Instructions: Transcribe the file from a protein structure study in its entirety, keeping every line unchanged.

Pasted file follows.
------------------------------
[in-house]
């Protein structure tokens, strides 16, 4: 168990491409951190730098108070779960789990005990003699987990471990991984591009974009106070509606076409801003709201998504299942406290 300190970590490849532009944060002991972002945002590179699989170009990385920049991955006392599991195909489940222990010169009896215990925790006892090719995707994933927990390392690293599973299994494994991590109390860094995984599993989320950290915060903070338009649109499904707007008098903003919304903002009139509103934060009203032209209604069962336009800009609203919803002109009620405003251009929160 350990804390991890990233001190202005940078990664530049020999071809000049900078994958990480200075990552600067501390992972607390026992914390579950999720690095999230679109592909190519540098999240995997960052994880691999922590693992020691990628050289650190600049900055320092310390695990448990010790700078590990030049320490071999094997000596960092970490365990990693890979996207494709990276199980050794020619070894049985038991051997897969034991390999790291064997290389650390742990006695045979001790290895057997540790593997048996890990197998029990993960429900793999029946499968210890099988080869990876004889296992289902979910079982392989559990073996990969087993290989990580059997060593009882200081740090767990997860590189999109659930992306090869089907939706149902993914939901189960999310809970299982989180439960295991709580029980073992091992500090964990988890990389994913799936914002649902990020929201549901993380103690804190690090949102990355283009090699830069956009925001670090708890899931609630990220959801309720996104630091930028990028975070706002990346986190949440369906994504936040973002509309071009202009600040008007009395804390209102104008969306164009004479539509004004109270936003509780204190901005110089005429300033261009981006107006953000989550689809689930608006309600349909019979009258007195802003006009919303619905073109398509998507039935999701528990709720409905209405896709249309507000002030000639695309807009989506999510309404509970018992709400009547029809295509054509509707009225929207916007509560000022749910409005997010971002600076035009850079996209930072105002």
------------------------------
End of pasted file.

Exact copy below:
[in-house]
């Protein structure tokens, strides 16, 4: 168990491409951190730098108070779960789990005990003699987990471990991984591009974009106070509606076409801003709201998504299942406290 300190970590490849532009944060002991972002945002590179699989170009990385920049991955006392599991195909489940222990010169009896215990925790006892090719995707994933927990390392690293599973299994494994991590109390860094995984599993989320950290915060903070338009649109499904707007008098903003919304903002009139509103934060009203032209209604069962336009800009609203919803002109009620405003251009929160 350990804390991890990233001190202005940078990664530049020999071809000049900078994958990480200075990552600067501390992972607390026992914390579950999720690095999230679109592909190519540098999240995997960052994880691999922590693992020691990628050289650190600049900055320092310390695990448990010790700078590990030049320490071999094997000596960092970490365990990693890979996207494709990276199980050794020619070894049985038991051997897969034991390999790291064997290389650390742990006695045979001790290895057997540790593997048996890990197998029990993960429900793999029946499968210890099988080869990876004889296992289902979910079982392989559990073996990969087993290989990580059997060593009882200081740090767990997860590189999109659930992306090869089907939706149902993914939901189960999310809970299982989180439960295991709580029980073992091992500090964990988890990389994913799936914002649902990020929201549901993380103690804190690090949102990355283009090699830069956009925001670090708890899931609630990220959801309720996104630091930028990028975070706002990346986190949440369906994504936040973002509309071009202009600040008007009395804390209102104008969306164009004479539509004004109270936003509780204190901005110089005429300033261009981006107006953000989550689809689930608006309600349909019979009258007195802003006009919303619905073109398509998507039935999701528990709720409905209405896709249309507000002030000639695309807009989506999510309404509970018992709400009547029809295509054509509707009225929207916007509560000022749910409005997010971002600076035009850079996209930072105002």